Czech power company ČEZ plans to build two power plants in Poland in the next five years to meet growing demand for electricity, its Polish head was quoted as saying on Wednesday.
Petr Ivanek told newspaper Gazeta Prawna that ČEZ, which owns the 492MW coal-fired power plant Skawina in Poland, will decide on the precise location of the new units, one a 400MW and the other an 800MW plant, by the middle of next year. “There is a possibility that we will build a new unit in Skawina, but we are also considering other locations,” Ivanek told the newspaper. “For example, we are considering the construction of a new plant where there may be potential for a large presence of wind farms,” he added.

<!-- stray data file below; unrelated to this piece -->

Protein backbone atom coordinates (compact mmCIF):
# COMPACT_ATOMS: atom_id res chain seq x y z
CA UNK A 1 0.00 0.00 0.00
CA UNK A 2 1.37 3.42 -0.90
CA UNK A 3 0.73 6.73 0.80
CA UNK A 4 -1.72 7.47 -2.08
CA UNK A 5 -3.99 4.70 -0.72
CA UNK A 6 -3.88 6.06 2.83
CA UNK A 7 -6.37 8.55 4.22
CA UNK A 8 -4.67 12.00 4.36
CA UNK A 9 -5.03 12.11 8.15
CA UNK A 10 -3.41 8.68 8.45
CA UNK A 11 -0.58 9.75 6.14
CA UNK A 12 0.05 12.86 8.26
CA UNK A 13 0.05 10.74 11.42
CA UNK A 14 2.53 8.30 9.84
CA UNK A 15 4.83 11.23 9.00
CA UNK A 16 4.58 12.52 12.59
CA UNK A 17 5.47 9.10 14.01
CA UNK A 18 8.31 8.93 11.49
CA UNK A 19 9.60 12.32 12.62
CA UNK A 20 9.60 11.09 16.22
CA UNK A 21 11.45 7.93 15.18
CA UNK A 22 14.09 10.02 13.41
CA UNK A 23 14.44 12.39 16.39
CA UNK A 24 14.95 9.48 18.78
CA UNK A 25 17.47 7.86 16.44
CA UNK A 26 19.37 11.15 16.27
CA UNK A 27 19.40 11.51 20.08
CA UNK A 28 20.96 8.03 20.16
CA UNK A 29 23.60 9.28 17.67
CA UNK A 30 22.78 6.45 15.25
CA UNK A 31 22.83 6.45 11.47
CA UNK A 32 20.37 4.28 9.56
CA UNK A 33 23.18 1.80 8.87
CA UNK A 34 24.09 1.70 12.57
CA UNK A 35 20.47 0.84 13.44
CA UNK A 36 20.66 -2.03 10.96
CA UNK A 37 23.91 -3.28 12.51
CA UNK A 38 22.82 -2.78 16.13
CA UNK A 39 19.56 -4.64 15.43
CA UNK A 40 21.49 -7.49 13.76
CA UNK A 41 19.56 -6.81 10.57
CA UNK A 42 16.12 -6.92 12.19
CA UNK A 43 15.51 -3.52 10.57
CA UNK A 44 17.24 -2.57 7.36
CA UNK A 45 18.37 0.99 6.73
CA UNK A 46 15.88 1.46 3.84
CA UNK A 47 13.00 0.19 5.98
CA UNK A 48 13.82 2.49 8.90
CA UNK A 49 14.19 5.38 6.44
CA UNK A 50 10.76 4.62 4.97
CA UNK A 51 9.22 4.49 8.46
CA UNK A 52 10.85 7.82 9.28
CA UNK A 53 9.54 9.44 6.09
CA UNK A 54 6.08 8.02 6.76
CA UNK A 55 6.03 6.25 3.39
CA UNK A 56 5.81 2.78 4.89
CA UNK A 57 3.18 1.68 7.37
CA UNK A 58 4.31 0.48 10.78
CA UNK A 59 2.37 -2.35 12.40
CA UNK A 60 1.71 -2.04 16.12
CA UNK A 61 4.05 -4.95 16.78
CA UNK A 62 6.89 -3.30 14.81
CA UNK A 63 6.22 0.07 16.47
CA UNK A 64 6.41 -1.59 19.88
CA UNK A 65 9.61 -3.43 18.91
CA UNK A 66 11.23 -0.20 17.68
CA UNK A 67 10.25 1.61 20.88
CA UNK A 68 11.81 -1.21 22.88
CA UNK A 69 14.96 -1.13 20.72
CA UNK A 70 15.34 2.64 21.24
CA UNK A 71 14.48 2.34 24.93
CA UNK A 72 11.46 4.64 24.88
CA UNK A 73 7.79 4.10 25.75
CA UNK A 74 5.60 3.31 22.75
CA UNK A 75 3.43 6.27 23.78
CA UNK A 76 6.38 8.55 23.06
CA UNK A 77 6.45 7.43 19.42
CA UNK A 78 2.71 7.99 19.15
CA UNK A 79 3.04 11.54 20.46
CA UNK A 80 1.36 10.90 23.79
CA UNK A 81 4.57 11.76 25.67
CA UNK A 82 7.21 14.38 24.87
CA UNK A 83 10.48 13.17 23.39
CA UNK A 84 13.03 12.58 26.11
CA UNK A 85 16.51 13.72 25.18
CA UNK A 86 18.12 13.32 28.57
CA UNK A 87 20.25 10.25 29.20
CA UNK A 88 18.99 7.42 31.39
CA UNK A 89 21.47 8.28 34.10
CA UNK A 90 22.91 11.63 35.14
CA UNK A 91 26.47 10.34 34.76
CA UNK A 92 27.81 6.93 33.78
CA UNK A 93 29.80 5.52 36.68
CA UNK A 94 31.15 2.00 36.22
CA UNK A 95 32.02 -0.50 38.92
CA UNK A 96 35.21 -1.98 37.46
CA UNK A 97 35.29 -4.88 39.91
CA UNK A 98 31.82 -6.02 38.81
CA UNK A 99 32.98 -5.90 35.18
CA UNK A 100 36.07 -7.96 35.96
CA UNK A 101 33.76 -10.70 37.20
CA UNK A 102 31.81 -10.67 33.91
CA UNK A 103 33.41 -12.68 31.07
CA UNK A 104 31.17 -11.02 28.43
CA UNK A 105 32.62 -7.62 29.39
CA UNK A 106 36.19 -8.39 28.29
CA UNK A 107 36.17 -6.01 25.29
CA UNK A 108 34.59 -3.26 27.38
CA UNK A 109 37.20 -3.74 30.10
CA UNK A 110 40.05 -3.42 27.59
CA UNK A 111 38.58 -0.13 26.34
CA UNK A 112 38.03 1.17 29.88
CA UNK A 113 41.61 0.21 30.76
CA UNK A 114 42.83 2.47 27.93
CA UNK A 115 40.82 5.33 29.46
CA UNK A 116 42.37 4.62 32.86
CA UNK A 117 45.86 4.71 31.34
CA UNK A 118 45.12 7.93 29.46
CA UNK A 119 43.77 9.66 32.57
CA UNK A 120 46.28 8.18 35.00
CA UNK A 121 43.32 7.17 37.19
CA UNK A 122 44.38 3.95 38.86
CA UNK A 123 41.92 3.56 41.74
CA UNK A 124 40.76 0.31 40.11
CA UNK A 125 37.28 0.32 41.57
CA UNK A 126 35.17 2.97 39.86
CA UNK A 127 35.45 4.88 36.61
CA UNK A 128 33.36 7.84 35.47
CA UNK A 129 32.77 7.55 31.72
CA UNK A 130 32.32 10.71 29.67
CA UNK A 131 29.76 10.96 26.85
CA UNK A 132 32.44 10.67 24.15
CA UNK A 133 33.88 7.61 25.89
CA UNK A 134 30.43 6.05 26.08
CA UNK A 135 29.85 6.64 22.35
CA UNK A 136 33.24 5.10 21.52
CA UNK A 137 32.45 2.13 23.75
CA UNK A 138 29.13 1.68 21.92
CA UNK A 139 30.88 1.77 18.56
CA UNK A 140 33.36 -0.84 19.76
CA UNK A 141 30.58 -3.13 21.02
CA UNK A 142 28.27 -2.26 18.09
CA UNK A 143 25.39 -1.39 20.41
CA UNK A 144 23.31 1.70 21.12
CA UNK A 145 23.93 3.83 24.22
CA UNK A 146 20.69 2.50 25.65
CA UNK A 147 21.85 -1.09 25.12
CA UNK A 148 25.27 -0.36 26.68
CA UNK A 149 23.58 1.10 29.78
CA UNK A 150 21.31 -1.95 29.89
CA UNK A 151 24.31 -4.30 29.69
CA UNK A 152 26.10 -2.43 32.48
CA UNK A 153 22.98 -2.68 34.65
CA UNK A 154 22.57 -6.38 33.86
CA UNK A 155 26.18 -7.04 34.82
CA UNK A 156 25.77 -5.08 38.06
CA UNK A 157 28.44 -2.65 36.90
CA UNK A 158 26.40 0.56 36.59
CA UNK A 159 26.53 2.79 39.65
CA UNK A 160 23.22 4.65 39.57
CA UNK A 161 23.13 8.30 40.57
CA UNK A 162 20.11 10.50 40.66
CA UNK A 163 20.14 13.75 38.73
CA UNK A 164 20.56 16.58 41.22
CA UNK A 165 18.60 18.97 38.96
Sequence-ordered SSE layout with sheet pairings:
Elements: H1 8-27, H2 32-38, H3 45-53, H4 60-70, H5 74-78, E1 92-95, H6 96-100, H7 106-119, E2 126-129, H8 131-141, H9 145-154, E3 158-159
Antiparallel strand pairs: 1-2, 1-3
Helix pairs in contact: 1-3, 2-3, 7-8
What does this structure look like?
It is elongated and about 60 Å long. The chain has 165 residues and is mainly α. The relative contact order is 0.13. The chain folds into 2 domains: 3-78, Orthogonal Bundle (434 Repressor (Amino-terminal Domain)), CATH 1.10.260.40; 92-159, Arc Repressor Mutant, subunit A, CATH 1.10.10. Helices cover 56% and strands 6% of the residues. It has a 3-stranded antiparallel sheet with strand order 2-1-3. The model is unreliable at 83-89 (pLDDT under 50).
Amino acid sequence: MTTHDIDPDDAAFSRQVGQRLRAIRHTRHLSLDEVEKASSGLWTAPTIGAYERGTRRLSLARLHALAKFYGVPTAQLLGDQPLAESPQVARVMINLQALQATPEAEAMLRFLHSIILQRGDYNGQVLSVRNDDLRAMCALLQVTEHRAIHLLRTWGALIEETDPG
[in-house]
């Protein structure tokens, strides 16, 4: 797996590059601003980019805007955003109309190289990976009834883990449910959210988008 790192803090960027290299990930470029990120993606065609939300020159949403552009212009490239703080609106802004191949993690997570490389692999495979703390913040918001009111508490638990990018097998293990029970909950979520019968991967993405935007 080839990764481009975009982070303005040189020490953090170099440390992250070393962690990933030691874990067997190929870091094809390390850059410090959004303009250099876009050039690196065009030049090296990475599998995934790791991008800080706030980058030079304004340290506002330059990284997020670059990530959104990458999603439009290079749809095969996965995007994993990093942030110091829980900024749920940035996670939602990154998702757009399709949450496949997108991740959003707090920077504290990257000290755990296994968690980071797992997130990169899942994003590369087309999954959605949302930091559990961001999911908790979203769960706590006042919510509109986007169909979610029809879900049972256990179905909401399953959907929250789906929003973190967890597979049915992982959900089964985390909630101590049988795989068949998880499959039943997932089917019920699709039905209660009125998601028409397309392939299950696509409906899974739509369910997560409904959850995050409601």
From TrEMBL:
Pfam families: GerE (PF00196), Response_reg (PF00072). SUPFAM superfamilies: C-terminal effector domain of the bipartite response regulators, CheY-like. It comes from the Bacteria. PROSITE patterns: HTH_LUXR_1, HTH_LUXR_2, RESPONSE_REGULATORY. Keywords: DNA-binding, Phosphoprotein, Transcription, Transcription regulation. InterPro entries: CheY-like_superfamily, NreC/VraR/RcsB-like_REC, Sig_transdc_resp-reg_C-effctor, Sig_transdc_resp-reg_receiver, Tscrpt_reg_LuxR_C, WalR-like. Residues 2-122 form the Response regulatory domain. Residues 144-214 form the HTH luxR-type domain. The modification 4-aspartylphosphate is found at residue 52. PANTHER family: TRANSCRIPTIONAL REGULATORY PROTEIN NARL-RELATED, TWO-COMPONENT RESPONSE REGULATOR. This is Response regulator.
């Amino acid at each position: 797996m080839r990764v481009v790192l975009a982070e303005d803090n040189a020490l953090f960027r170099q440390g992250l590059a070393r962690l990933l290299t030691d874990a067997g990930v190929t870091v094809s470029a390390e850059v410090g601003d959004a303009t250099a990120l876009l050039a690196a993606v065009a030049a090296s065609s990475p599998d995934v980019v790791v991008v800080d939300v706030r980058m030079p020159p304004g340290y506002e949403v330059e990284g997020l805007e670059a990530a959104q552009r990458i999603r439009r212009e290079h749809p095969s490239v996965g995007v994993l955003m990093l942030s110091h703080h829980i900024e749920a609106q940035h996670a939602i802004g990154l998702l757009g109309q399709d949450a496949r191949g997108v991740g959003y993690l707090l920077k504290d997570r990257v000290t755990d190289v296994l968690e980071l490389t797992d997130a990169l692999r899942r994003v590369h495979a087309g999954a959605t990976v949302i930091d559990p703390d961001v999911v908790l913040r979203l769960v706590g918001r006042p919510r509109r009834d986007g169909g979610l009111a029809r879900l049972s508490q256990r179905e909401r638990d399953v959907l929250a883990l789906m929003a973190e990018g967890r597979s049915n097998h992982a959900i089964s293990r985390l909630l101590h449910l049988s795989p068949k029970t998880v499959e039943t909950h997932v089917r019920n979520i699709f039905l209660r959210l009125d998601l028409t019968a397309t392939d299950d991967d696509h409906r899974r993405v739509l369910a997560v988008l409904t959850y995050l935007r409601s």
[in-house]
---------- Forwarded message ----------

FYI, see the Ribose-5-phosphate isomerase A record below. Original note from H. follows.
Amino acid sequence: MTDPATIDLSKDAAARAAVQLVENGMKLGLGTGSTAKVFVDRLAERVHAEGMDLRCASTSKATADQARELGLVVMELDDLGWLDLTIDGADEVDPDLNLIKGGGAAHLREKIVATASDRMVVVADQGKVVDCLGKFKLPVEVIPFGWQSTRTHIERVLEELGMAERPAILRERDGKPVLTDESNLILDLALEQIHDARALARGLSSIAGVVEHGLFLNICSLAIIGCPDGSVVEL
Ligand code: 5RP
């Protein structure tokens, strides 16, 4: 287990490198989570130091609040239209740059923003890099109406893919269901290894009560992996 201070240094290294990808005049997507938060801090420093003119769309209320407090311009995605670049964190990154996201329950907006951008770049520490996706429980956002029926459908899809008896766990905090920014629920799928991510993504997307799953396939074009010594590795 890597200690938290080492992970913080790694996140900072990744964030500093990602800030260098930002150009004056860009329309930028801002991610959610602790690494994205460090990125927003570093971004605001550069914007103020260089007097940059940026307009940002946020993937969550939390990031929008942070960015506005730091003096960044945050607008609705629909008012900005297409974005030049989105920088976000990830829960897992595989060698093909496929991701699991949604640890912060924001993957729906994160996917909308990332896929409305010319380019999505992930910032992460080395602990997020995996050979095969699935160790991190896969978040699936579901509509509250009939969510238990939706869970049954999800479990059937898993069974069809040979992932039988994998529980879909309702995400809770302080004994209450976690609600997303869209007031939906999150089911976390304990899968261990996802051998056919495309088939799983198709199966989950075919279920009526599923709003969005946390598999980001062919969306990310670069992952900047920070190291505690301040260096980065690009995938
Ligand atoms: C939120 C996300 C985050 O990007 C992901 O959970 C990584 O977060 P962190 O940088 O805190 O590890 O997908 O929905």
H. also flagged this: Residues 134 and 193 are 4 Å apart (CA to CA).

ČEZ has yet to decide on the type of units it wants to build but does not rule out a joint project with one of Poland’s coal mining companies to secure coal supplies, Ivanek said. “The Polish coal industry doesn’t have money for investments, so we will offer the coal mining companies at least the possibility of financing investments in new deposits in exchange for guarantees of future supplies,” Ivanek said.
Poland must build new plants or it will suffer a capacity deficit of up to 6% in 2008-2014 as demand for power outgrows supply, the local energy regulator said last week. (Reuters)